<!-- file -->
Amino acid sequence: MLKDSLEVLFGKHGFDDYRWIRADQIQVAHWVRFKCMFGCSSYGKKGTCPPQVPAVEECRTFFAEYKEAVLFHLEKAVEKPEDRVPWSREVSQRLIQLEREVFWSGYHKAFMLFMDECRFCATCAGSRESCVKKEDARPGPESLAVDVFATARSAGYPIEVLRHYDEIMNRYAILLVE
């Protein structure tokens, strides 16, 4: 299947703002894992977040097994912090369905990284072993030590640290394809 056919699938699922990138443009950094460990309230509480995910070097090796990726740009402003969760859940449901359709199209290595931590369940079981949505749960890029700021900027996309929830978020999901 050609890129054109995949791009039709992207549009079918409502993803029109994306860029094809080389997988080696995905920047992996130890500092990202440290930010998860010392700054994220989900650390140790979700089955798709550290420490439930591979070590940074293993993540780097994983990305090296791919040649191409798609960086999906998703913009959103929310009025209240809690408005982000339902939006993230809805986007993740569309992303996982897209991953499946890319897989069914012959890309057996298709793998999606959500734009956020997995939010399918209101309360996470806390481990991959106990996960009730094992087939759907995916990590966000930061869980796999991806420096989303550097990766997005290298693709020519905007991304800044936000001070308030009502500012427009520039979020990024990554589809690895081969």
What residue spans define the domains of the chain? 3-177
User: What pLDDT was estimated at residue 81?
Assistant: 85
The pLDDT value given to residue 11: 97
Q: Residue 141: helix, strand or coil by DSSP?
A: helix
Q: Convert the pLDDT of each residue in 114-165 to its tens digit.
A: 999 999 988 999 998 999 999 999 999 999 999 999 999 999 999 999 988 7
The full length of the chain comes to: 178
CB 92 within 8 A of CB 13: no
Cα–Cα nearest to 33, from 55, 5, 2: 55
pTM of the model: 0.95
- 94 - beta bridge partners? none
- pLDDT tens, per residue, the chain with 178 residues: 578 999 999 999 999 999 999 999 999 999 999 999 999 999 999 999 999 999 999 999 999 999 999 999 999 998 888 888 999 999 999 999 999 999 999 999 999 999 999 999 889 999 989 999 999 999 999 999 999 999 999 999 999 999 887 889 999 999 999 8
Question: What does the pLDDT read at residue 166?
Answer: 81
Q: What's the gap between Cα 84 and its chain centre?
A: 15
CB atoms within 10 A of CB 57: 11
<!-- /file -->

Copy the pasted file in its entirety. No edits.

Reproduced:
Amino acid sequence: MLKDSLEVLFGKHGFDDYRWIRADQIQVAHWVRFKCMFGCSSYGKKGTCPPQVPAVEECRTFFAEYKEAVLFHLEKAVEKPEDRVPWSREVSQRLIQLEREVFWSGYHKAFMLFMDECRFCATCAGSRESCVKKEDARPGPESLAVDVFATARSAGYPIEVLRHYDEIMNRYAILLVE
């Protein structure tokens, strides 16, 4: 299947703002894992977040097994912090369905990284072993030590640290394809 056919699938699922990138443009950094460990309230509480995910070097090796990726740009402003969760859940449901359709199209290595931590369940079981949505749960890029700021900027996309929830978020999901 050609890129054109995949791009039709992207549009079918409502993803029109994306860029094809080389997988080696995905920047992996130890500092990202440290930010998860010392700054994220989900650390140790979700089955798709550290420490439930591979070590940074293993993540780097994983990305090296791919040649191409798609960086999906998703913009959103929310009025209240809690408005982000339902939006993230809805986007993740569309992303996982897209991953499946890319897989069914012959890309057996298709793998999606959500734009956020997995939010399918209101309360996470806390481990991959106990996960009730094992087939759907995916990590966000930061869980796999991806420096989303550097990766997005290298693709020519905007991304800044936000001070308030009502500012427009520039979020990024990554589809690895081969």
What residue spans define the domains of the chain? 3-177
User: What pLDDT was estimated at residue 81?
Assistant: 85
The pLDDT value given to residue 11: 97
Q: Residue 141: helix, strand or coil by DSSP?
A: helix
Q: Convert the pLDDT of each residue in 114-165 to its tens digit.
A: 999 999 988 999 998 999 999 999 999 999 999 999 999 999 999 999 988 7
The full length of the chain comes to: 178
CB 92 within 8 A of CB 13: no
Cα–Cα nearest to 33, from 55, 5, 2: 55
pTM of the model: 0.95
- 94 - beta bridge partners? none
- pLDDT tens, per residue, the chain with 178 residues: 578 999 999 999 999 999 999 999 999 999 999 999 999 999 999 999 999 999 999 999 999 999 999 999 999 998 888 888 999 999 999 999 999 999 999 999 999 999 999 999 889 999 989 999 999 999 999 999 999 999 999 999 999 999 887 889 999 999 999 8
Question: What does the pLDDT read at residue 166?
Answer: 81
Q: What's the gap between Cα 84 and its chain centre?
A: 15
CB atoms within 10 A of CB 57: 11